When should I begin investing?

A Chinese proverb asserts that the best time to plant a tree was 20 years ago; the second best time is now.

The same is true of investing. In late July 2015, the S&P 500 stood a bit above 2,000. Twenty years earlier (tree-planting time), it was a little shy of 600. Not a bad return.

Over the decades, the march of the market – despite fluctuations both small and significant, blips and recessions – is decidedly upward.

Assuming you don’t have access to a DeLorean equipped with a flux capacitor, we at The Motley Fool strongly encourage you to start investing at the earliest possible age. As soon as you have a bit of money that you can afford to invest (i.e., you won’t go hungry if you lose it all), get investing!

Timing your investment

First-time investors often worry about the timing of their initial stock purchases. Getting started at the wrong point in the market’s ups and downs could leave you staring at a big loss right out of the gate.

Fear not. Over the long haul, the compounding returns of a well-chosen investment will add up nicely, whatever the market happens to be doing when you buy your first shares.

Rather than fretting about when you should make that first stock purchase, think instead about how long you’re planning to keep money in the market. The longer you have to amass your cash, the greater risk you can accept, since you’ll have more time to wait out periods of bad returns.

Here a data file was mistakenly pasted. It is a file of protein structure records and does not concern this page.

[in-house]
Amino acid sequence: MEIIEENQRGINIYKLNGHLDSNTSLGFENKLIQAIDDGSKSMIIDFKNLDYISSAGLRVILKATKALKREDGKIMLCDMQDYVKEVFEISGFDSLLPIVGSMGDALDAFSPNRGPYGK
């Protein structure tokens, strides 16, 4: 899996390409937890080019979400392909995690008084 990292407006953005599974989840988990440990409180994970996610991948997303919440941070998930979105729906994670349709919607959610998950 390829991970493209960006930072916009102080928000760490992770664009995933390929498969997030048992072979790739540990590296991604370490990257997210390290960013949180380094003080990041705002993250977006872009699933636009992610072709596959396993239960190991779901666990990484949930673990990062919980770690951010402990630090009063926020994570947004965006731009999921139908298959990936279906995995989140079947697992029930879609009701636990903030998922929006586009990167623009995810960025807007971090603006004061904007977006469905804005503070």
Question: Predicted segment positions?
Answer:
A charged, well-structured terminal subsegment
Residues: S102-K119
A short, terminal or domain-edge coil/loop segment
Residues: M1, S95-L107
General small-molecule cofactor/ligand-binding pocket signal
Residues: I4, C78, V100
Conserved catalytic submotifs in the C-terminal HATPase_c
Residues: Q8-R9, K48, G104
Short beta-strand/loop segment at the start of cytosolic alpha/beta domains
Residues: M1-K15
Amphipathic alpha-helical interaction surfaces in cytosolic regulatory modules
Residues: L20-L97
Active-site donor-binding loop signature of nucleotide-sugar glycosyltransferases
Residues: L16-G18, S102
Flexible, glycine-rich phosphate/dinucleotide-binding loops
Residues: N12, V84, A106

If you need the money within the next five years, you’ll want to avoid individual stocks and stock-centric mutual funds. If you’re thinking long-term, stocks are a very attractive option. The higher returns are simply too good to pass up.

One word of caution: There’s every possibility you will lose money on your first investment, either because the market hits a rough patch, something unforeseen and unappealing happens to the company you purchased, or a thousand other possible reasons.

That’s OK.

Think of your first investment as a learning opportunity rather than a way to get rich. You’ll learn tons just from getting in the game and monitoring your stock. And the sooner you begin learning, the sooner you’ll compile a portfolio of winning stocks, that will put you on your path to investing success … no DeLorean required.

With the when out of the way, let’s move on to how to get started investing.

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  1. joe

    I wrote a long comment but then somehow bumped my laptop computer and lost it! Maybe best I did. I’m 72 (73 on the 12th of December), and I had always thought that investing in stocks was for already very wealthy people, and while I came from a family that was very highly “cultured,” there never was enough money (though I observed how my grandmother by saving and choosing wisely had the best of furniture and all material things we had; it helped that she had no mortgage as her father had built our house and several others, and they were very lovely). I was a Classics major in college and continued into graduate school at the University of Toronto, where I began to watch the investors and high-finance people on Bay Street. I wanted to quit Classics and did. I took a test for a job ad for an “investment banker” and answered all the questions the opposite of how I actually thought and reasoned. Result of that: I was told that investment banking was a fast and ever-changing field, so my profile ruled me out! Damn! It was sure true that it was bad to try to fudge such a test.

    Anyway, as I explore investing now, at a late age (which I mostly only recognize because other people pay attention to age), I find it refreshing and exciting. Had I not been foolish when I was about 22 years of age, I might have been investing as a career for years. I want something solid financially, and I believe I will enjoy learning about and doing investing.

    Joe john lang

  2. bud

    I am 75 and am interested in good dividend paying stocks.I joined today and need direction
    BUD R